Side- step­ping re­cent con­tro­versy, ex­cep­tion­ally dap­per death­core heavy- hit­ters Upon A Burn­ing Body have un­leashed a hulk­ing new record. Vo­cal­ist Danny Leal talks to about dig­ging deep, am­bi­tious ca­reer goals and ex­pen­sive laun­dry bills.

Blunt - - Feature - By Bren­dan Crabb. Photo by Kane Hib­berd

So, let’s ad­dress this per­ti­nent, press­ing topic right off the bat be­cause you, faith­ful reader, are surely cu­ri­ous to gain fur­ther in­sight on the mat­ter. Dis­cussing what some have dubbed an ill- ad­vised pub­lic­ity stunt by met­allers Upon A Burn­ing Body is off- lim­its for ’ s con­ver­sa­tion with singer Danny Leal. Since the re­cent well- pub­li­cised story, dis­sected in great de­tail on­line and ac­com­pa­nied by a de­gree of neg­a­tive pub­lic­ity, the mem­bers haven’t ac­knowl­edged the oc­cur­rence, which ap­peared to have la­bel Sume­rian Records stumped and de­rided by their peers via so­cial me­dia. If you haven’t al­ready, read all about it on the web and draw your own con­clu­sions.

The back­lash ought to be dis­heart­en­ing con­sid­er­ing the Texan death­core mob’s new al­bum ( and third over­all) The World Is My En­emy Now is a no­tice­able step up from pre­vi­ous works. The vo­cal­ist is cer­tainly en­am­oured by the fresh ma­te­rial – a cou­ple of years’ worth of in­ner frus­tra­tion and tur­moil man­i­fest­ing it­self on their pile- driv­ing new plat­ter. Leal admits he made a con­certed ef­fort not to re­strain him­self dur­ing what proved a cathar­tic writ­ing process.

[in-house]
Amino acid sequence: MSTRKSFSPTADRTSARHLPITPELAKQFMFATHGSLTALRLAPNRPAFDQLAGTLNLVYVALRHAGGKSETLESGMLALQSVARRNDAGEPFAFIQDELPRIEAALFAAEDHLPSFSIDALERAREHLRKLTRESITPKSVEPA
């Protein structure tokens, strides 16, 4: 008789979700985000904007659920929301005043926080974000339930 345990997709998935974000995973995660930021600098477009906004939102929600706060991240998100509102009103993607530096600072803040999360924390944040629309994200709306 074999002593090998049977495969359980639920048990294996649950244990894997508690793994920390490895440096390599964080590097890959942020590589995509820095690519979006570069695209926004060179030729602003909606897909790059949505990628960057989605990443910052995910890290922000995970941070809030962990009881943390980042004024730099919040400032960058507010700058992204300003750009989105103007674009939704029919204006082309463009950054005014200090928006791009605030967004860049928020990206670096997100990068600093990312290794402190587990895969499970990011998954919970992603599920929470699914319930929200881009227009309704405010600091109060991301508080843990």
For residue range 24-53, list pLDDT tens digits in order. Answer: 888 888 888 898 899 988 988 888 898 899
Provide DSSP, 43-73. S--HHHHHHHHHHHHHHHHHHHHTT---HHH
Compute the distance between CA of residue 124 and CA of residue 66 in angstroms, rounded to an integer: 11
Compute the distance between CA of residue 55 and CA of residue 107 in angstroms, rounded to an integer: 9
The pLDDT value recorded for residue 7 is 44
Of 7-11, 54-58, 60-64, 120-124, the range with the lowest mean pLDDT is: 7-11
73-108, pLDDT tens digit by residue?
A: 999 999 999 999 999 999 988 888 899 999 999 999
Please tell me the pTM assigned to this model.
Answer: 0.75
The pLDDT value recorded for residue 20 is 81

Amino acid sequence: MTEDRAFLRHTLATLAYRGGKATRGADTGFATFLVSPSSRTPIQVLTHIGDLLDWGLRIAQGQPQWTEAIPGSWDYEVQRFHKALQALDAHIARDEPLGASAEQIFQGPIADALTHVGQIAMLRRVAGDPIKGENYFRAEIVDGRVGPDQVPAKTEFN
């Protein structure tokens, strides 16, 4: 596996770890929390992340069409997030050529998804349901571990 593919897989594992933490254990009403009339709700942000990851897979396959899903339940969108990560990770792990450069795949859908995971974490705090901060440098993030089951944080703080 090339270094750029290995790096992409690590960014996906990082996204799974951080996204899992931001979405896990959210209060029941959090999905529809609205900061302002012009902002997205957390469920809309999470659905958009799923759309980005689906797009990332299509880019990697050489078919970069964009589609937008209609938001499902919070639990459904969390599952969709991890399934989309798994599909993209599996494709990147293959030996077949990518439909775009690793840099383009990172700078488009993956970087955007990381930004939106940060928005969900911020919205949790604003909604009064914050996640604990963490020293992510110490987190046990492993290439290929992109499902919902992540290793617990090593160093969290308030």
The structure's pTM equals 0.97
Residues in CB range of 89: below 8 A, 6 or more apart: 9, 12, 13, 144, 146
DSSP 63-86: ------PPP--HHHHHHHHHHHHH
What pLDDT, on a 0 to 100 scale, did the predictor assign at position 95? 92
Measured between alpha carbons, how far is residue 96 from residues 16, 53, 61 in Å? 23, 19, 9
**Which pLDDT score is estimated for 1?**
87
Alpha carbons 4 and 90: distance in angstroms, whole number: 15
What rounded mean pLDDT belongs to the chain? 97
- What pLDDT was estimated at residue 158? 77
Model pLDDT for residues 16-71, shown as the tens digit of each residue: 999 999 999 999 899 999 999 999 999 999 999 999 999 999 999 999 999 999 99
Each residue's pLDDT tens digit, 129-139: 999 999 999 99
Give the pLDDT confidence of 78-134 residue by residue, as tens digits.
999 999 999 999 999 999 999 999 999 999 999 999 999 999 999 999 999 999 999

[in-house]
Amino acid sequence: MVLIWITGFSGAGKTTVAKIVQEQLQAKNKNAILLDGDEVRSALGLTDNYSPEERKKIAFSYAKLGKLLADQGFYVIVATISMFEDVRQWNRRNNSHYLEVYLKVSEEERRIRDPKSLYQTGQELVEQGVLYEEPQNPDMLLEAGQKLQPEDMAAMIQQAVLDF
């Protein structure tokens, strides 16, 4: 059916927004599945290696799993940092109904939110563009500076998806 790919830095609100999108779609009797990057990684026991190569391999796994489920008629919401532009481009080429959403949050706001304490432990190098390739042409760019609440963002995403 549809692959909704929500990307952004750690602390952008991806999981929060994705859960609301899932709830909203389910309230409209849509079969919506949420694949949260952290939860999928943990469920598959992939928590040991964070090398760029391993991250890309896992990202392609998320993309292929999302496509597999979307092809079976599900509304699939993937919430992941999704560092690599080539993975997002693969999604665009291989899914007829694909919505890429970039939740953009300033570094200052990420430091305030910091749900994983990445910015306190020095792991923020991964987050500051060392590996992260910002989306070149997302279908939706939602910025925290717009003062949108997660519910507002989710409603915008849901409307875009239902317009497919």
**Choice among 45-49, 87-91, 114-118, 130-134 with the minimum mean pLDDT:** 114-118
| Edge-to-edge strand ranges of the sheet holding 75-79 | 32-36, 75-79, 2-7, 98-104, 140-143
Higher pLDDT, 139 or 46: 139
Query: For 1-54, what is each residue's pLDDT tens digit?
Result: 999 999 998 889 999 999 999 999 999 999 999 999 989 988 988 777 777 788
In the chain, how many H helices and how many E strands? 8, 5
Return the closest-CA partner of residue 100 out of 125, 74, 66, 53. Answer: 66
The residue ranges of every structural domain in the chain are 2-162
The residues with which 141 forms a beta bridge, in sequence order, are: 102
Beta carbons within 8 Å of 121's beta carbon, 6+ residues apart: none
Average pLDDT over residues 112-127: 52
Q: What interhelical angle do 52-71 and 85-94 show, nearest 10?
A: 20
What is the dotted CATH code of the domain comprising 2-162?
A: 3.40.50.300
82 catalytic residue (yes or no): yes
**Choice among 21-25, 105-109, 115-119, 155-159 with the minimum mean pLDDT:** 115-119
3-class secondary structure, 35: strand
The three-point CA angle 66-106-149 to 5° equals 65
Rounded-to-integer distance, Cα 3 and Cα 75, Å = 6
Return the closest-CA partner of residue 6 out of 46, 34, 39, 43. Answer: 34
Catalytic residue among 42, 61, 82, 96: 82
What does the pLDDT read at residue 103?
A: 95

“It’s just a real emo­tional record, es­pe­cially for me,” he ex­plains while on tour with the Rock­star En­ergy Drink May­hem Fes­ti­val. “The other ones were kinda more theme- ori­ented with the movies and stuff like that, and this one is just com­pletely on its own level and by it­self, and it’s a lit­tle more spe­cial to us be­cause of that rea­son. Just be­ing able to say what I wanted to say and not hav­ing to rely on, ‘ I gotta say cer­tain things to vibe with this movie ti­tle or do this’, kinda put me in a lit­tle box.

“But this one, there’s just com­plete free­dom. It was the first record I’ve been able to do like that, and the shitty places that I’ve been in for a while. I got to say ev­ery­thing I wanted to say on this record. It was great. It’s not great to be in bad places to say cer­tain things, ‘ cause you don’t want to be in those places, but when you get to let it out on record it kinda helps you out. If you want the best prod­uct to come out, you’ve kinda got to go to cer­tain places that some­times you may not want to go. We got it done, we’re happy with it, and it’s the best stuff we’ve ever done.”

The new of­fer­ing was tracked, mixed and mas­tered with renowned pro­ducer Will Put­ney ( whose cred­its in­clude home­grown he­roes Thy Art is Mur­der) at New Jersey’s The Ma­chine Shop. “This new al­bum is the an­swer to every­one who said we couldn’t suc­ceed and to every­one who has at­tacked us. We’ve had